Each group was subdivided into two in order to investigate the effects of;

1) aggressive expression consisting of an attempt to elicit specifically aggressive fantasies in the fantasy expression task,

2) self-focusing, designed to strengthen self-boundaries.

The results indicate that;

1) the subliminal symbiotic stimulation affected the ego impairment measures, and

2) the self-focusing intervention affected the patients on a measure of self-object differentiation.

It was concluded that the subliminal symbiotic stimulation together with self-focusing may enhance the therapeutic value of hospitalization for schizophrenics.


Silverman, L.H., Martin, A., Ungaro, R. & Mendelsohn, E. (1978). Effect of subliminal stimulation of symbiotic fantasies on behavior modification treatment of obesity. New York University, Research Center for Mental Health. Journal of Consulting and Clinical Psychology, 46 (3), pp 432-441. ISSN: 0022-006X.

Lloyd Silverman, April Martin, Roseann Ungaro & Eric Mendelsohn performed two studies in which obese subjects were treated in a behavior modification program for overeating.
Study 1 lasted 8 weeks, study 2, 12 weeks.

In both studies, half of the subjects were exposed to the verbal subliminal stimulus "mommy and I are one" while the other half were exposed to a control message.

In both studies, the symbiotic message gave evidence of enhancing weight loss, although the differences between groups only attained significance during the follow-up period.

The results, in conjunction with previous studies, support the proposition that subliminal stimulation of symbiotic fantasies can enhance the effectiveness of therapeutic interventions of various kinds.


Silverman, L.H. & Mendelsohn, E. (1982). Effects of stimulating psychodynamically relevant unconscious fantasies on schizophrenic pathology. Schizophrenic Bulletin, pp 532-547.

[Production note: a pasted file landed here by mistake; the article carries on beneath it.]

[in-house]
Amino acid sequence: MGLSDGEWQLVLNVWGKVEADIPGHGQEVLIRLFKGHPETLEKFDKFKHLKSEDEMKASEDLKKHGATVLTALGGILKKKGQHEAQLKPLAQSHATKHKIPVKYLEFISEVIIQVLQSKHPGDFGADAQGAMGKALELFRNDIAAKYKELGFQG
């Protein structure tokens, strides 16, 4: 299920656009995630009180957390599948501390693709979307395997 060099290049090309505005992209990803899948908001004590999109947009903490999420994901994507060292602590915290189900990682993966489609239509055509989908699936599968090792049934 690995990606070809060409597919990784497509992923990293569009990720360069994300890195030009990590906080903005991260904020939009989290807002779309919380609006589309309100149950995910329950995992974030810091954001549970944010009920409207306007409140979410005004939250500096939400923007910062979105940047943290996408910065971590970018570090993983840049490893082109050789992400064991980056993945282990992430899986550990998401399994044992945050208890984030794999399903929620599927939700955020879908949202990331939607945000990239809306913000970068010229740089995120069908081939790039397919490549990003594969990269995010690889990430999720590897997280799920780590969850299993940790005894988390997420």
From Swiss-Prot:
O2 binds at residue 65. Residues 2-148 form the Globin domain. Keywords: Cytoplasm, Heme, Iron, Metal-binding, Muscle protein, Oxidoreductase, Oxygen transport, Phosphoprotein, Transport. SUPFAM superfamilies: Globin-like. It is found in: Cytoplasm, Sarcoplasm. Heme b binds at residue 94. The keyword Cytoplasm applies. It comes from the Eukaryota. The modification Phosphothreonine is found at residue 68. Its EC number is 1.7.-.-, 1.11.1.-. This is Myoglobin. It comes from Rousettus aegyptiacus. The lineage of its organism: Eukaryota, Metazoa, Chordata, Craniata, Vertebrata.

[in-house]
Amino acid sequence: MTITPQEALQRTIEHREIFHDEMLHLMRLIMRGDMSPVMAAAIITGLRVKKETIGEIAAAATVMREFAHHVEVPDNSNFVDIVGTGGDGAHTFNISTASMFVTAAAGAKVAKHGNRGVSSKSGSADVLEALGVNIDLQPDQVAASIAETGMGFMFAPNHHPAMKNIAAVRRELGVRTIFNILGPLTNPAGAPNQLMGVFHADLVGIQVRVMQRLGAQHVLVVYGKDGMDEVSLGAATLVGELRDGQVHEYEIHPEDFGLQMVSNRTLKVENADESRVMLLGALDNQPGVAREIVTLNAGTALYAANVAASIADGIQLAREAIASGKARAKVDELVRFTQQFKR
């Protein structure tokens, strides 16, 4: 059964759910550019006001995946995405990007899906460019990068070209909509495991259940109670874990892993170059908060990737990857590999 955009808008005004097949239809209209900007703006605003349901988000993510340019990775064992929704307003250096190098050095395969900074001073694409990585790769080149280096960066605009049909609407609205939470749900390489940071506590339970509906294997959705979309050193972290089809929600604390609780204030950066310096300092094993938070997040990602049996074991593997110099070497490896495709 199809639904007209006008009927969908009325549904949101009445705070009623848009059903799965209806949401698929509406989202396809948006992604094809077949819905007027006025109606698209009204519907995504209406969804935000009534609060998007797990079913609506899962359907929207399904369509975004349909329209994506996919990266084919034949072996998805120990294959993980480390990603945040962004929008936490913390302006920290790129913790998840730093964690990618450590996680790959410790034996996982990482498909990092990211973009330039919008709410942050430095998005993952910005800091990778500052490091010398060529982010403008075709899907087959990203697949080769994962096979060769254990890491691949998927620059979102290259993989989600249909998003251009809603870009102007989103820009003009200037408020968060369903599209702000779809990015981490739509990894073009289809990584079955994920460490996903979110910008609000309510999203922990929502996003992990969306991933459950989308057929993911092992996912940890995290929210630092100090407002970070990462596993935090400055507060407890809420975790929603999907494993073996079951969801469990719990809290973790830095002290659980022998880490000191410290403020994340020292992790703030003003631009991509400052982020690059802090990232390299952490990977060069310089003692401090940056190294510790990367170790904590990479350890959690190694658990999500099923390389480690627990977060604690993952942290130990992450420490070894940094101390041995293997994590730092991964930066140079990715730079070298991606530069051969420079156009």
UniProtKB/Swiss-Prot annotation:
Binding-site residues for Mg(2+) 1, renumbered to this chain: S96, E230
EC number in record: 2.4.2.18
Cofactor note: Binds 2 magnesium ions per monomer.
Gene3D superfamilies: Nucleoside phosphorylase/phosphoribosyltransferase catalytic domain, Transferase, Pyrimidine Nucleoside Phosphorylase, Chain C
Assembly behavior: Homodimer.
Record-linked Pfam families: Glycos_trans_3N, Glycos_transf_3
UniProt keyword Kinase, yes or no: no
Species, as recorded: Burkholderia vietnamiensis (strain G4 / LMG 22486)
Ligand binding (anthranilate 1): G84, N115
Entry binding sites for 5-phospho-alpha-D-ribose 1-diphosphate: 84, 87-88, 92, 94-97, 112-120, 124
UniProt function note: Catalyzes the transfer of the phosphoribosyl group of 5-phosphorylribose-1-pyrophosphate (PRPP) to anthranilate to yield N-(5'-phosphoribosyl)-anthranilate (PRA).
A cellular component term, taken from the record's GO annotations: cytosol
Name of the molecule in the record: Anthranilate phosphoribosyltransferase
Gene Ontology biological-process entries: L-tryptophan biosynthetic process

Silverman, L.H., Ross, D., Adler, J. & Lustig, D. (1978). Simple research paradigm for demonstrating subliminal psychodynamic activation: Effects of oedipal stimuli on dart-throwing accuracy in college males. Journal of Abnormal Psychology, 87 (8), pp 341-357. ISSN: 0021 843X.

Lloyd Silverman, David Ross, John Adler and David Lustig performed four experiments in order to ascertain the effects of "subliminal psychodynamic activation" on dart-throwing accuracy.

Each experimental condition consisted of a 4-msec exposure of a verbal message and a congruous picture.

The first two experiments effects were obtained using stimuli that sanctioned the idea of defeating father in competition (enhancing accuracy), and one that condemned the idea (impeding accuracy).

In experiment 3, the only substantive difference was in the illumination levels of the tachistoscopic fields, but no effects were found.

Experiment 4 was therefore carried out to test for the relevance of the illumination variables.
The results show that clear effects are obtained at low illumination levels, whereas no effects were obtained at a high level.


Silverman, L.H. & Silverman, D.K. (1964). A clinical-experimental approach to the study of subliminal stimulation. Journal of Abnormal Social Psychology, 69 (2).